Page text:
This isn’t the only innovate feature of the garden. Underneath the Iris plantings in the Silent Pool Gin Garden, plant microbial fuel cells are generating electricity, which is used to illuminate a small set of lights. This power isn’t achieved using batteries, it’s the living plants in the soil that are generating the electricity, using a product developed by Plant-e, in the Netherlands. This product extracts plant energy by connecting to plants’ roots. It works particularly well with Iris, grasses, and plants grown in moist soils, with a high percentage of organic matter. As Iris roots are one of the ingredients in Silent Pool gin, it was the perfect product for the garden. Professor Richard Murphy and his students from Surrey University have been working on a project relating to this technology and its use the Silent Pool Gin Garden.
When I met the founders of Silent Pool at Chelsea, they told me that as a company they really care about their local environment and the planet. Silent Pool use lavender grown locally, in Banstead, as an ingredient in their gin and they use solar panels to generate electricity. Local hardwood is the fuel used to heat the Silent Pool Gin still. The company are hoping to become carbon neutral. Students from Surrey University are studying ways that the company can become even more sustainable.
Silent Pool have arranged for some of the plants and elements from the Silent Pool Gin Garden to be donated to Cherry Trees – a charity in Clandon that provide specialist short breaks and care for over 100 children and young people with learning, sensory, and physical impairments. This local charity offers a home-from-home environment, for children aged from 0-19 years of age. Cherry Trees’ enclosed sensory garden has now been improved with flowering and scented plants from the Silent Pool Gin Garden.
When I first interviewed David Neale back in 2015, he was hoping to design and build a garden for the RHS Chelsea Flower Show. Much has changed over the past four years, David has designed and built two gardens for the Chelsea Flower Show, winning two Silver-Gilt Medals – one in 2018, another in 2019, and the People’s Choice Award, for the Space to Grow Garden category, in 2018. It has been lovely to celebrate his success.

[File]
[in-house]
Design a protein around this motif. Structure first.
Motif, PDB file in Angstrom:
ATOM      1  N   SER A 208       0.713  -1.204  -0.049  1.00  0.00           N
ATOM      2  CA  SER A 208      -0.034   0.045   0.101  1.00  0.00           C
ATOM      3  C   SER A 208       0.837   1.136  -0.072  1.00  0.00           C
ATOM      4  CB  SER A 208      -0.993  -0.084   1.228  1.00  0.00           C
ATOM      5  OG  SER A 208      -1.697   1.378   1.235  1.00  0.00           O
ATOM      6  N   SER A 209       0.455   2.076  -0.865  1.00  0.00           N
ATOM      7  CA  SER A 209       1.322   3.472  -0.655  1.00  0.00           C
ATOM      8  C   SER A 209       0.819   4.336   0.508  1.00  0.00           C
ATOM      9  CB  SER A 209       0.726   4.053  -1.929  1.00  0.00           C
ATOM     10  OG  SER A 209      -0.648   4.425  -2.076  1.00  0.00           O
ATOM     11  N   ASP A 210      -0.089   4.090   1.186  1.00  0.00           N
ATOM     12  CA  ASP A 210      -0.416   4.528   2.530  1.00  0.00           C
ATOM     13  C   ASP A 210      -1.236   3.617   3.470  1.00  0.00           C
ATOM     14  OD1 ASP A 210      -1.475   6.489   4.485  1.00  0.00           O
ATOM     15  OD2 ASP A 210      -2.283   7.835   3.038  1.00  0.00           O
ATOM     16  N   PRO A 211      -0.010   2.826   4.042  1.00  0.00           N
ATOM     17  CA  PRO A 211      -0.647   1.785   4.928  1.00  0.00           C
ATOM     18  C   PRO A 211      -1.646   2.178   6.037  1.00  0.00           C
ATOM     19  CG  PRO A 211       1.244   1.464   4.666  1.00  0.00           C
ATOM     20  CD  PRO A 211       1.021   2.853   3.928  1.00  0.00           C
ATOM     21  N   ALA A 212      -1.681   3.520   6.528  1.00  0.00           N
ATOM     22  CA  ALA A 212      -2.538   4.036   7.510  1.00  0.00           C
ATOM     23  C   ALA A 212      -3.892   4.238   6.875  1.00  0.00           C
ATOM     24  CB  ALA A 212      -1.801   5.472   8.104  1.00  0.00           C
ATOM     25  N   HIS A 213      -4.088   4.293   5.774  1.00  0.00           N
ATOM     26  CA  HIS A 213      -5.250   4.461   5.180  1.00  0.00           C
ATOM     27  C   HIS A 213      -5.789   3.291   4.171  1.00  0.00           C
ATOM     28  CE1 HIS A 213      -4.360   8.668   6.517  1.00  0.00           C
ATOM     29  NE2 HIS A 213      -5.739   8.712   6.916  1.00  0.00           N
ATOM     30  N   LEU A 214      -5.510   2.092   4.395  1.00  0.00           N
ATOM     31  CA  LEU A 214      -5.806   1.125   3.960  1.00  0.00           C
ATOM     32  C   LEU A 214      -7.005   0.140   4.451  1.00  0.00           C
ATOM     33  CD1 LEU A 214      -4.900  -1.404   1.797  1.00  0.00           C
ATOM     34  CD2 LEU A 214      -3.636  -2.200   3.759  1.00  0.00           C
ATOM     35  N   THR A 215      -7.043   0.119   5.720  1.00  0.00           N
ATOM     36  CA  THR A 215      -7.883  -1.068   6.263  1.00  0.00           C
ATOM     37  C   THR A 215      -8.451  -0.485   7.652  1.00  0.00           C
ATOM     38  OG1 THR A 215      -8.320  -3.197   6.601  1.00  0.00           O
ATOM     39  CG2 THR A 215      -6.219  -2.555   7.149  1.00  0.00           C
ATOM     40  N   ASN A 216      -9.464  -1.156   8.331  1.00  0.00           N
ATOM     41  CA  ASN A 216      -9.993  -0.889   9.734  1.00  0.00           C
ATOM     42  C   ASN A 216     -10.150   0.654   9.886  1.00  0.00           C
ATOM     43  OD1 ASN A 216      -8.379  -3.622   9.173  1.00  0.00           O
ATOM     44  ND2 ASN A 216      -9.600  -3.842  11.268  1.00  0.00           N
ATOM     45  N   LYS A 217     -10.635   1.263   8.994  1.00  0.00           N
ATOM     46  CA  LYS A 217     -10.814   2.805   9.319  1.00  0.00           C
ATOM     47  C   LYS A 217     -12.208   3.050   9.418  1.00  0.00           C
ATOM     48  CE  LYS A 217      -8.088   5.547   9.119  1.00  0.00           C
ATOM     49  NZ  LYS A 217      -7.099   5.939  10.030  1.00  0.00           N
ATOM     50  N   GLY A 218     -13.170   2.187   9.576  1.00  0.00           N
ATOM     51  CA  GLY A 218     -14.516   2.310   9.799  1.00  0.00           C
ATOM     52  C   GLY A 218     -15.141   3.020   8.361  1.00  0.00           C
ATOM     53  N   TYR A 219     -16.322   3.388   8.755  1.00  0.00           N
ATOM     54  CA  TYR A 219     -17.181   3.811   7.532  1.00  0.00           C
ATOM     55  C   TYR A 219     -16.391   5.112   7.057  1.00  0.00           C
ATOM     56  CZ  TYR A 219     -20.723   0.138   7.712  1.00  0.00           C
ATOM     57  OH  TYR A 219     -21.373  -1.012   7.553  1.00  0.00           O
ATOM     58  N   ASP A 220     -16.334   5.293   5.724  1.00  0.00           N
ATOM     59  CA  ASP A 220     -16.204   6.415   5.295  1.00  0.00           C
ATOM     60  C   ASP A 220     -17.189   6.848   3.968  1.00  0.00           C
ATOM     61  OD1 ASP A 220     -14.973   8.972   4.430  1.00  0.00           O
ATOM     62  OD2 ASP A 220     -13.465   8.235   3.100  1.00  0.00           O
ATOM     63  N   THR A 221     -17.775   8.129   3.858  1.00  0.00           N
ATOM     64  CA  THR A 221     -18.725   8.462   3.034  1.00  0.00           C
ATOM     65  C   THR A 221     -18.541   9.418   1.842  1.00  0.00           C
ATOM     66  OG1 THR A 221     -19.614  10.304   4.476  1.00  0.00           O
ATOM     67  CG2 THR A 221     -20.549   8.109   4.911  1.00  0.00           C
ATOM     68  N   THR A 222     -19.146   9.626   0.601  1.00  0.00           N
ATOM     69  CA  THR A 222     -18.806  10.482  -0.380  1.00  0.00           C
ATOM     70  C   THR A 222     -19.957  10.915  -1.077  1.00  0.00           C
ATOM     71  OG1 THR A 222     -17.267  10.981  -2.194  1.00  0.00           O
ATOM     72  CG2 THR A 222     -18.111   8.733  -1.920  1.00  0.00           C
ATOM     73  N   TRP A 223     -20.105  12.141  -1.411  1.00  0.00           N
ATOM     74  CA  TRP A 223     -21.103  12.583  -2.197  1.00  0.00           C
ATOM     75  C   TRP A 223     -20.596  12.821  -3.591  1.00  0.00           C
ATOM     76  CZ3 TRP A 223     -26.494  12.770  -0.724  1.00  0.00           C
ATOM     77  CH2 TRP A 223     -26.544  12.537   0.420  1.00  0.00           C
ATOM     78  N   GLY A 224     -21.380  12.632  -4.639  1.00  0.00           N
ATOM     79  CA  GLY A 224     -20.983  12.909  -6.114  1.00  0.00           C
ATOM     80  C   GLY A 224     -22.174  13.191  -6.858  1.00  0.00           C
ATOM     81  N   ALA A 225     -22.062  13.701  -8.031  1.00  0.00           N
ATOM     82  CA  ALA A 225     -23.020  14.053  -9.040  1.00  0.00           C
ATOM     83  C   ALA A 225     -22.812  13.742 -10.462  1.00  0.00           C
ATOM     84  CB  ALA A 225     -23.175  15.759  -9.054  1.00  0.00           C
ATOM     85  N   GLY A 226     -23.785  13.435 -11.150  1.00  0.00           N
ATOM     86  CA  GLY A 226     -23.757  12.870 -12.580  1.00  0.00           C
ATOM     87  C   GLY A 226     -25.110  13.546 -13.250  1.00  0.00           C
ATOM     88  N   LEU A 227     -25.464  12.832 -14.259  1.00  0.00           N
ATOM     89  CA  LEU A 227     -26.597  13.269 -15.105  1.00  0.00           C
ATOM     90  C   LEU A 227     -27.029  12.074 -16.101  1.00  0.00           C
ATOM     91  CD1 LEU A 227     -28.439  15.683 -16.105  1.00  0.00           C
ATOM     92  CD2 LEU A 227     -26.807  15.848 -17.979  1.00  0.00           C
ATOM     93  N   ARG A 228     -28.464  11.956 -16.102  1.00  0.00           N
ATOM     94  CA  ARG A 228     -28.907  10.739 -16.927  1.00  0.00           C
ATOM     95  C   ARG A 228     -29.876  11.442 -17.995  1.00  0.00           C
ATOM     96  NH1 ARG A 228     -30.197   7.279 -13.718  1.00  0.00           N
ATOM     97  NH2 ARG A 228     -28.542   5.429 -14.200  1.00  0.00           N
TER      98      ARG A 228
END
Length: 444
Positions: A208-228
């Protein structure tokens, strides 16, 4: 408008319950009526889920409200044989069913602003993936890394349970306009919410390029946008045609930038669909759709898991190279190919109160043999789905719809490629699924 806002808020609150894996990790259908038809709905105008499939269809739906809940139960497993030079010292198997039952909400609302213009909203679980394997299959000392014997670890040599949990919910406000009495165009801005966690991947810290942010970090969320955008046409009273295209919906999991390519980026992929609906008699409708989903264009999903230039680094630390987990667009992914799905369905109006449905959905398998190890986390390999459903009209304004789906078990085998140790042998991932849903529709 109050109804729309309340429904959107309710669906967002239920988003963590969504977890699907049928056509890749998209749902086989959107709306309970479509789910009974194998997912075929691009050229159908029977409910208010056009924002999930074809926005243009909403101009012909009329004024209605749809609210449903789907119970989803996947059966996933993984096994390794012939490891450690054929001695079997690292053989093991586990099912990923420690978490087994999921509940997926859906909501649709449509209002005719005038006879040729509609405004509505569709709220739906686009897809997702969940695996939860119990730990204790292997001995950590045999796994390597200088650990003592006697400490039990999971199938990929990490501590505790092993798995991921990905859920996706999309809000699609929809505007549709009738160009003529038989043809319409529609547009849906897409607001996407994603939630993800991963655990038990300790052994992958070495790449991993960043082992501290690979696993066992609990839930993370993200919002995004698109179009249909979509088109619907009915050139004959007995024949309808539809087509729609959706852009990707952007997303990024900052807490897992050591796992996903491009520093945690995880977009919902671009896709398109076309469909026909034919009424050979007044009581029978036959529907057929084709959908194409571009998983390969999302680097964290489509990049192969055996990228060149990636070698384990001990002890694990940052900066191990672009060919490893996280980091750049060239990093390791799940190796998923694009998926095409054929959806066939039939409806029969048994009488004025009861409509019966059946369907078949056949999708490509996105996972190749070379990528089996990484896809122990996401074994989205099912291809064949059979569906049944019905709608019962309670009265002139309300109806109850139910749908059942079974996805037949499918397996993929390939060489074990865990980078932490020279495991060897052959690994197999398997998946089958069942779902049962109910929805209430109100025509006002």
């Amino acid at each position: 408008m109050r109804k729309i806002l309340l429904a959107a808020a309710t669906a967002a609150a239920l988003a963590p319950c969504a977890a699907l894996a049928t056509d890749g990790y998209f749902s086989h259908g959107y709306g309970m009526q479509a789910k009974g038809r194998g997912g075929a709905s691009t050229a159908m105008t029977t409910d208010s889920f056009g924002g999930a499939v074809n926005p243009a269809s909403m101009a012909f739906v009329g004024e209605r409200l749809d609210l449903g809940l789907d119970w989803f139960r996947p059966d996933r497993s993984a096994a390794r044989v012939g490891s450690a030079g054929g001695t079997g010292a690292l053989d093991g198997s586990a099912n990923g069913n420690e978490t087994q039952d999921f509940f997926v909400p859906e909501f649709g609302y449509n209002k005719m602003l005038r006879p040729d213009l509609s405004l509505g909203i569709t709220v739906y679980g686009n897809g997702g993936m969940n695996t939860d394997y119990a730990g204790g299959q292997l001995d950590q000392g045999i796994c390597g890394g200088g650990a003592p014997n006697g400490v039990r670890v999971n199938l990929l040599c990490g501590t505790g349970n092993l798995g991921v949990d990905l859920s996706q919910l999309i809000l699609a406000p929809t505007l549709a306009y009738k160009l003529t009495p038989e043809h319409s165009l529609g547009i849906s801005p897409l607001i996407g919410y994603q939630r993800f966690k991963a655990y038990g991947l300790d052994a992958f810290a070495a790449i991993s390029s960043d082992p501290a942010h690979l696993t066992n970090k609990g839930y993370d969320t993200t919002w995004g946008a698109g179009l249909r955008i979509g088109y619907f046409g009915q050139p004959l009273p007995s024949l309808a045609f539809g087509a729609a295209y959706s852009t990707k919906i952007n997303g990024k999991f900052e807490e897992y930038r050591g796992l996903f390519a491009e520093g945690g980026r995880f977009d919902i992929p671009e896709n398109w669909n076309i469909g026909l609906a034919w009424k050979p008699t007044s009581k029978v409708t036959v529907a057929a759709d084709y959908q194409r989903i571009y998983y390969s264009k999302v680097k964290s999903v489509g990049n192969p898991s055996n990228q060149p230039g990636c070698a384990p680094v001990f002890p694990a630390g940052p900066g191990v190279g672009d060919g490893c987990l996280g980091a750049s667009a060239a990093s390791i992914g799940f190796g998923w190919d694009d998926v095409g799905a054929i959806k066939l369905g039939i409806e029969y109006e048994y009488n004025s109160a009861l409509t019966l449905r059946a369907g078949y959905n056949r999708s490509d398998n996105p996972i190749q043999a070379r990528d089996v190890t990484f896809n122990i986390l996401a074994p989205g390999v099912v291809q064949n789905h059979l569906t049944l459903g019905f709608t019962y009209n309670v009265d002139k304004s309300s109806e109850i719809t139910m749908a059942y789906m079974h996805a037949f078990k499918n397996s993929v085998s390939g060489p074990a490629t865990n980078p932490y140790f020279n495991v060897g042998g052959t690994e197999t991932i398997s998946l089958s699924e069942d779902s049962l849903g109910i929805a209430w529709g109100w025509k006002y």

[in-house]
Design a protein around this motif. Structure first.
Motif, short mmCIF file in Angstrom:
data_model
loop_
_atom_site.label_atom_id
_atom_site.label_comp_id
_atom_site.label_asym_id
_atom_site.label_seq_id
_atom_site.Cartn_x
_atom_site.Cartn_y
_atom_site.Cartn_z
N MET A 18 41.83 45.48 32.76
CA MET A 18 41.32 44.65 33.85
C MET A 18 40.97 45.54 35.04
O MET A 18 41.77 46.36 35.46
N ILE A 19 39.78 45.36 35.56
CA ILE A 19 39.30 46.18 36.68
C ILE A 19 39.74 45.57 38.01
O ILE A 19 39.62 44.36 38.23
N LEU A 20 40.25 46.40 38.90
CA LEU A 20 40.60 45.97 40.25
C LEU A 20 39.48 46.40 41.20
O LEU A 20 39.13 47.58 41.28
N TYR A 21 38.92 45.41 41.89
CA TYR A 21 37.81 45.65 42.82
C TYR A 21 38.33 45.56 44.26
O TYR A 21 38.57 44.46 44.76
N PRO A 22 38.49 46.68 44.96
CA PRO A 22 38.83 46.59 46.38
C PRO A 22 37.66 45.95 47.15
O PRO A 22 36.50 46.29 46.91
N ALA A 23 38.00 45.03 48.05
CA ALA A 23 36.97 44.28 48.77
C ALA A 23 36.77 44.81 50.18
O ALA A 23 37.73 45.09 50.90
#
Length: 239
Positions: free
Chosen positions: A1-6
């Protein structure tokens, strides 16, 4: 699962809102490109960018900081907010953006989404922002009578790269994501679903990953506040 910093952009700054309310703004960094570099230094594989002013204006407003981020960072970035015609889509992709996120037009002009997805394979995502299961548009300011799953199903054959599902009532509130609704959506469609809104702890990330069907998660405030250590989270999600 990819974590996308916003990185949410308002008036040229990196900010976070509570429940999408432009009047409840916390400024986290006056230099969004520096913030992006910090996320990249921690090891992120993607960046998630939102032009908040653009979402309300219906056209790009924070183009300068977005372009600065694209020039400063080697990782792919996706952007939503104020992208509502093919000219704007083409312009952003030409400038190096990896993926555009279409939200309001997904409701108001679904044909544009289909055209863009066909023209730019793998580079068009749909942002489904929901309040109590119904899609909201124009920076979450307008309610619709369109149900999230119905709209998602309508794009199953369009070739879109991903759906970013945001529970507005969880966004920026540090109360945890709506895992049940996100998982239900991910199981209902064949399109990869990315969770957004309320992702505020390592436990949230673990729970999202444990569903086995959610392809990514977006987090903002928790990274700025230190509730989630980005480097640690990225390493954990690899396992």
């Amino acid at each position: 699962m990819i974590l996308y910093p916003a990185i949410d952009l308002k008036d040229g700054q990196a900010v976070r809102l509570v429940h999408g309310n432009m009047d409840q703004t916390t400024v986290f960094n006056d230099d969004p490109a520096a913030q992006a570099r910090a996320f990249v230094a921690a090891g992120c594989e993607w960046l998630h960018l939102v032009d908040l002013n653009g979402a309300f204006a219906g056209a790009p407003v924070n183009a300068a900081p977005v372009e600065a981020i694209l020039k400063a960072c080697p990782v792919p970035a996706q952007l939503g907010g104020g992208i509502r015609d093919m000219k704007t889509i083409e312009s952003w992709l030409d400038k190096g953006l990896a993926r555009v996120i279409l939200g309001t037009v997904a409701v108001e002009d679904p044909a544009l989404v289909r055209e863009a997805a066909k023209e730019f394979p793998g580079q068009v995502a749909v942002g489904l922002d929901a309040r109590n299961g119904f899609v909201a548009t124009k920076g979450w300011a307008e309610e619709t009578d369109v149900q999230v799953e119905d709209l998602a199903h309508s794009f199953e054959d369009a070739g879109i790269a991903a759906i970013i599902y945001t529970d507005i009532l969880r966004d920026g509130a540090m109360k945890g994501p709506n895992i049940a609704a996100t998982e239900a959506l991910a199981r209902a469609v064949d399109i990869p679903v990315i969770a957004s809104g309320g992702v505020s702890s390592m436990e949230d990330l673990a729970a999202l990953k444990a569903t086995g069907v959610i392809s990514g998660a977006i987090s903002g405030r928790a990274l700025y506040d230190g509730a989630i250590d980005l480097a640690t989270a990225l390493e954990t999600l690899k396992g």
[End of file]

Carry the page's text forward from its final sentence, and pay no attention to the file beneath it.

This article was first published in the August 2019 edition of Vantage Point Magazine.
Other articles that may interest you……………..
To read about the Welcome to Yorkshire Garden that was inspired by the Huddersfield Narrow Canal, that Mark Gregory designed for the RHS Chelsea Flower Show 2019, please click here.
To read about the fragrances of the new roses launched at the RHS Chelsea Flower Show 2019, please click here.
To see photographs of the top twenty shortlisted plants, including the finalists and the winner of the RHS Chelsea Plant of the Year Competition, please click here.
To see photographs of the Silent Pool Gin Garden 2018, which David Neale designed and built for the RHS Chelsea Flower Show 2018, please click here.
To see all of my articles that feature David Neale, please click here.
To find out about gardens to visit in Surrey, Hampshire, and West Sussex, please click here.
To see an overview of the RHS Chelsea Flower Show 2019, please click here.